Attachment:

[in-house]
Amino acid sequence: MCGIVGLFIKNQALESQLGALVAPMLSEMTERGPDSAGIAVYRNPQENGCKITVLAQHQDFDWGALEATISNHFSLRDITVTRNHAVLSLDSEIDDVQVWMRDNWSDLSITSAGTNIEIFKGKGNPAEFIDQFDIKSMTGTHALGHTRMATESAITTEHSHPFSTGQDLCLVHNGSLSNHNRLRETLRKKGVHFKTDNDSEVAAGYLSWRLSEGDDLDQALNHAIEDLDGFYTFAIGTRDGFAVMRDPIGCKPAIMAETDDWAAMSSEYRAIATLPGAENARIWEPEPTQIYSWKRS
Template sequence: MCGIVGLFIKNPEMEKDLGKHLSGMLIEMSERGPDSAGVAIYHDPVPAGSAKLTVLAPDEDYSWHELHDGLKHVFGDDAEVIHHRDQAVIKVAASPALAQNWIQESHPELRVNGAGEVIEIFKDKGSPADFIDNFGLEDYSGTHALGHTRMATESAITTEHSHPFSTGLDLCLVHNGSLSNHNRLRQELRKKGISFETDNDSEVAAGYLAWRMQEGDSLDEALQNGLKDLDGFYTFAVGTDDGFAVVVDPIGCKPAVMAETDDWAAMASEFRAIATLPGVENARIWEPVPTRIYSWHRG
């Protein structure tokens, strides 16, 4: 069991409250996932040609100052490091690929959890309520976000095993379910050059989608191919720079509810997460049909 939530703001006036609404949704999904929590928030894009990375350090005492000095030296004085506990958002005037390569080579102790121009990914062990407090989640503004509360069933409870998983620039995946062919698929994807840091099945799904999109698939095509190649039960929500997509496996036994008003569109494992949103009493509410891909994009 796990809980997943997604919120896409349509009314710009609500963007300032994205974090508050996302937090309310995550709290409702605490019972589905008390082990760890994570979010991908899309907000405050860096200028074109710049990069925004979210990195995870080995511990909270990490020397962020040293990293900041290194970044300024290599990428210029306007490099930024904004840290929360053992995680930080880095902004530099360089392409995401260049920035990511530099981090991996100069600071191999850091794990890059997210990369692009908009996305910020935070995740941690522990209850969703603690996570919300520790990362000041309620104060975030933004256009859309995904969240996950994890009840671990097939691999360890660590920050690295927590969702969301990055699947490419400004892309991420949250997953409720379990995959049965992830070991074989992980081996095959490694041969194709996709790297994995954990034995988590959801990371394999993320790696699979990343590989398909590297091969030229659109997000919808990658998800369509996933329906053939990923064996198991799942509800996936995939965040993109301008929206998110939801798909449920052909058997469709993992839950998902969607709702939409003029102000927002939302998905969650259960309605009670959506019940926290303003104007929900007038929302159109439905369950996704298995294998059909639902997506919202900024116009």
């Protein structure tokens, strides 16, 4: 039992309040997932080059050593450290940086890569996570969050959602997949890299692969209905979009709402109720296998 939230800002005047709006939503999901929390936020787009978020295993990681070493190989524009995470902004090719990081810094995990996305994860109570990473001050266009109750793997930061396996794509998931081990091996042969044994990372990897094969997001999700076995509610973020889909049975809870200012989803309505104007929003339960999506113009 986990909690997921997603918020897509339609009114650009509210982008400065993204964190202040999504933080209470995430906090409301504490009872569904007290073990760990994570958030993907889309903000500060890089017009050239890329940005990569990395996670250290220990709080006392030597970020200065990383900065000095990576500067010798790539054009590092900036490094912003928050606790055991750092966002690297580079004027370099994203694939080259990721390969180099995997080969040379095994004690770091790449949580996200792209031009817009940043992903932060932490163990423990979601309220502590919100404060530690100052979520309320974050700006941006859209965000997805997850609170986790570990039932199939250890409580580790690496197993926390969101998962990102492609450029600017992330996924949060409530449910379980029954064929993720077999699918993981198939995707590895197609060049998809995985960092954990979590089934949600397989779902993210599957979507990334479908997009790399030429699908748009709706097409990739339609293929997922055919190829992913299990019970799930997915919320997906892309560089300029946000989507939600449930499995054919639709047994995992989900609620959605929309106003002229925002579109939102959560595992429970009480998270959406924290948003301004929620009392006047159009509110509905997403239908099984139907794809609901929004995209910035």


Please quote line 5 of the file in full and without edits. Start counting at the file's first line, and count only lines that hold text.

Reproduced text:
């Protein structure tokens, strides 16, 4: 039992309040997932080059050593450290940086890569996570969050959602997949890299692969209905979009709402109720296998 939230800002005047709006939503999901929390936020787009978020295993990681070493190989524009995470902004090719990081810094995990996305994860109570990473001050266009109750793997930061396996794509998931081990091996042969044994990372990897094969997001999700076995509610973020889909049975809870200012989803309505104007929003339960999506113009 986990909690997921997603918020897509339609009114650009509210982008400065993204964190202040999504933080209470995430906090409301504490009872569904007290073990760990994570958030993907889309903000500060890089017009050239890329940005990569990395996670250290220990709080006392030597970020200065990383900065000095990576500067010798790539054009590092900036490094912003928050606790055991750092966002690297580079004027370099994203694939080259990721390969180099995997080969040379095994004690770091790449949580996200792209031009817009940043992903932060932490163990423990979601309220502590919100404060530690100052979520309320974050700006941006859209965000997805997850609170986790570990039932199939250890409580580790690496197993926390969101998962990102492609450029600017992330996924949060409530449910379980029954064929993720077999699918993981198939995707590895197609060049998809995985960092954990979590089934949600397989779902993210599957979507990334479908997009790399030429699908748009709706097409990739339609293929997922055919190829992913299990019970799930997915919320997906892309560089300029946000989507939600449930499995054919639709047994995992989900609620959605929309106003002229925002579109939102959560595992429970009480998270959406924290948003301004929620009392006047159009509110509905997403239908099984139907794809609901929004995209910035």